I won’t spend much time talking about the terminal but I still want to mention it because it was such a cool visit. The Buffalo Central Terminal was one of the major railroad stations of its time, and was active from 1929 through 1979. Its 17 stories cast a shadow over the Broadway Fillmore Neighborhood, the same section of Buffalo that is home to St. Adalbert’s Basilica and formerly known as Polonia. Architects Fellheimer & Wagner were commissioned for the project, and if the Art Deco style building looks even vaguely familiar, it’s because Fellheimer was the lead architect on NYC’s famous Grand Central Station (1903). We joined a tour of about 20 other people and walked around a few levels of the terminal for about an hour and a half. It’s been owned a few times since going out of commission, but the most recent owner is an organization dedicated to its preservation and reuse. They have a monumental task on their hands. If you’re at all interested in architecture or history, I’d strongly recommend checking out one of the tours for only $12. You get an opportunity to see some pretty incredible pieces (in fact, much of it is quite literally in pieces!) of Upstate NY’s history, and unlike some other Buffalo History tours, they are photo friendly!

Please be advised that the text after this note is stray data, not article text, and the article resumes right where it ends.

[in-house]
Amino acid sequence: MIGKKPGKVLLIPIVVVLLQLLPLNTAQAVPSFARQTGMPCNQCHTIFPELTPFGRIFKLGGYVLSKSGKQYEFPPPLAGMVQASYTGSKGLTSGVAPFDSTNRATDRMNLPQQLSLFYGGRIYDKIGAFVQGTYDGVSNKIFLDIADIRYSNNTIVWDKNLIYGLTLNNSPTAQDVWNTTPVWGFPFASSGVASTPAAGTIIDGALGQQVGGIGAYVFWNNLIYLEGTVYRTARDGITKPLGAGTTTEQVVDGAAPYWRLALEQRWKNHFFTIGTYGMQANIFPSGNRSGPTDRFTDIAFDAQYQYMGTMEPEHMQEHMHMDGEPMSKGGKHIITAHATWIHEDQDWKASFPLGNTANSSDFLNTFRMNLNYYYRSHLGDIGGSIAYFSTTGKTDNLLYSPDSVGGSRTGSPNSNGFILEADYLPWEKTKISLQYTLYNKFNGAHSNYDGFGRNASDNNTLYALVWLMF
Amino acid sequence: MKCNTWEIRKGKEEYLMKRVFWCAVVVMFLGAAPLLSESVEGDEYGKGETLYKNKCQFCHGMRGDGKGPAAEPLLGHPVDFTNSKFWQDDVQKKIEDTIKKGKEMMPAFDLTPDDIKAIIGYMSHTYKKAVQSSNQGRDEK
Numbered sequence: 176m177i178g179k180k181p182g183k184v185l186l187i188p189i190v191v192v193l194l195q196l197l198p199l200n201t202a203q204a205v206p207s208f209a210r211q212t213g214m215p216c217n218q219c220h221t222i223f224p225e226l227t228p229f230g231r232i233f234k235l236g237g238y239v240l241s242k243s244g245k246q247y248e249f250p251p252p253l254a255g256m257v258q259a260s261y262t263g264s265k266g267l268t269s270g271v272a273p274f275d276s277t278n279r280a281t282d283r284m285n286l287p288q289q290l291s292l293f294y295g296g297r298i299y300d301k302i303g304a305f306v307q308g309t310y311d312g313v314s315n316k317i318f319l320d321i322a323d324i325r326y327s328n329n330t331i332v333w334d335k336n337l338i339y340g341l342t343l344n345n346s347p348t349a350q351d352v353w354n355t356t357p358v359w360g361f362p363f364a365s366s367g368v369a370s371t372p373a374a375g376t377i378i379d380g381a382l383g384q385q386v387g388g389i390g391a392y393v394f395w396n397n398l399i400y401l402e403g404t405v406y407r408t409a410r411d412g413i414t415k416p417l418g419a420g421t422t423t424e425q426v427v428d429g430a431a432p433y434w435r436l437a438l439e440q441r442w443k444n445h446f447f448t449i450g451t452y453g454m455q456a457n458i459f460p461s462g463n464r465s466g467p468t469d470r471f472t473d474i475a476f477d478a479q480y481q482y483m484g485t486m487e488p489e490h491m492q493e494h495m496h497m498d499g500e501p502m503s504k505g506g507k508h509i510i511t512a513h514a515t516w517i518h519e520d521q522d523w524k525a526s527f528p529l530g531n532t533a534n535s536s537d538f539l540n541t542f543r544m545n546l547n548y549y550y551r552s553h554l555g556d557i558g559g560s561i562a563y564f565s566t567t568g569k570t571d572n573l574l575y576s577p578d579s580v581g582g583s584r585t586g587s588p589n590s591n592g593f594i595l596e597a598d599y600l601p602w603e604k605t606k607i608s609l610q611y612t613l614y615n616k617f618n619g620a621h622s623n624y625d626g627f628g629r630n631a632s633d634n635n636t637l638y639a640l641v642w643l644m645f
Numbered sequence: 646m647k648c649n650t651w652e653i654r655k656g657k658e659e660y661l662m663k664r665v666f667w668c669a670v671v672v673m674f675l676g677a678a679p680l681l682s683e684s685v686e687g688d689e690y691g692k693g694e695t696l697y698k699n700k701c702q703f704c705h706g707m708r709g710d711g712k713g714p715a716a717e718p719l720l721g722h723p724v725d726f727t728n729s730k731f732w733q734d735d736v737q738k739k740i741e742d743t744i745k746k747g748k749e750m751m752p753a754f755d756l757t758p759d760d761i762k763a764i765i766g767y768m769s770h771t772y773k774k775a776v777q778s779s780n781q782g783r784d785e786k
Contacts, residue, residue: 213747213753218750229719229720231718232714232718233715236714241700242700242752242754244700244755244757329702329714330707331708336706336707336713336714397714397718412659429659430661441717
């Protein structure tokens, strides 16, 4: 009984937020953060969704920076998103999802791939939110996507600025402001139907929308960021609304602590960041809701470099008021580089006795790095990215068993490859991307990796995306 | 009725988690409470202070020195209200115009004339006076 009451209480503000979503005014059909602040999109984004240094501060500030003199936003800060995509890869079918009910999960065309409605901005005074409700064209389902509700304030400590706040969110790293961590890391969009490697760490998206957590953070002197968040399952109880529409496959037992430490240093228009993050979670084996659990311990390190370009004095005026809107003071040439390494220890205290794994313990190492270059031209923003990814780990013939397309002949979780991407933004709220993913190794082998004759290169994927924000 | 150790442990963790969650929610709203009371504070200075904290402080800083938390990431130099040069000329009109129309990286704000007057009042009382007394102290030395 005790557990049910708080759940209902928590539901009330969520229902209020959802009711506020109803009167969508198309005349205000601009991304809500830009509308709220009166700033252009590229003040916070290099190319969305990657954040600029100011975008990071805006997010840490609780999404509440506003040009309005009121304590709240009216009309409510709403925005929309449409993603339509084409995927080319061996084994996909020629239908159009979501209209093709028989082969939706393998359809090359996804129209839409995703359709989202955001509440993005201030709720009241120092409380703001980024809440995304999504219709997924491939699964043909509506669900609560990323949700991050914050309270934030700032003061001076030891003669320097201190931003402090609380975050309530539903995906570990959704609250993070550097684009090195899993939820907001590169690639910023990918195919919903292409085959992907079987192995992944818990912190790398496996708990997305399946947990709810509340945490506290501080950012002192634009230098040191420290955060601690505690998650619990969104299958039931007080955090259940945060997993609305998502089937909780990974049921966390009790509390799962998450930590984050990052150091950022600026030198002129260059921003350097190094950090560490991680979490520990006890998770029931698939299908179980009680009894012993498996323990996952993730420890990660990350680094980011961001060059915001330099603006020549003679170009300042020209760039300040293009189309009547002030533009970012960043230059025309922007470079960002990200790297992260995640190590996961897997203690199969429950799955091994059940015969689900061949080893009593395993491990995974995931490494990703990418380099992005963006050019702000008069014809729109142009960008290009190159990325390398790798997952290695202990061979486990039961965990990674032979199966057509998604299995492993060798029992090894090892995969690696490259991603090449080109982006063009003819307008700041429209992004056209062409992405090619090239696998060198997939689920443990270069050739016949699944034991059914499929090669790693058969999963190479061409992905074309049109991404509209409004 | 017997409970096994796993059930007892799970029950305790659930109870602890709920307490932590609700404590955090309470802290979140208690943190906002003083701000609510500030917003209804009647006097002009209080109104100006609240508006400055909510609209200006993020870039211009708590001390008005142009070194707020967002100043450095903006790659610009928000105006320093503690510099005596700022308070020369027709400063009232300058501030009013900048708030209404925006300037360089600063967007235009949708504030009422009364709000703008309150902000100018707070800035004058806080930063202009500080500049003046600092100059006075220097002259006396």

After walking around the Terminal, we were all pretty hungry for baklava, spanakopita, souvlaki and all the other Greek cuisine we knew was waiting for us. We made our way over to the church and found a parking spot. Normally we like to get some photos for you guys that are somewhat uninhibited, it’s not uncommon to hear Luke say, “dude, you’re in my shot” and so I move. With the crowds of people walking in and cars parked everywhere, we did the best we could with what we had. The festival cost $2 to get in, and then you purchase food tickets to buy things with. So, souvlaki on a stick was 4 tickets, a soda was 3 tickets, etc. The food was fantastic, and we each ate many tickets worth. We walked around a bit and checked out the booths of things for sale, the baked goods section in particular, while we waited for the next scheduled tour to begin.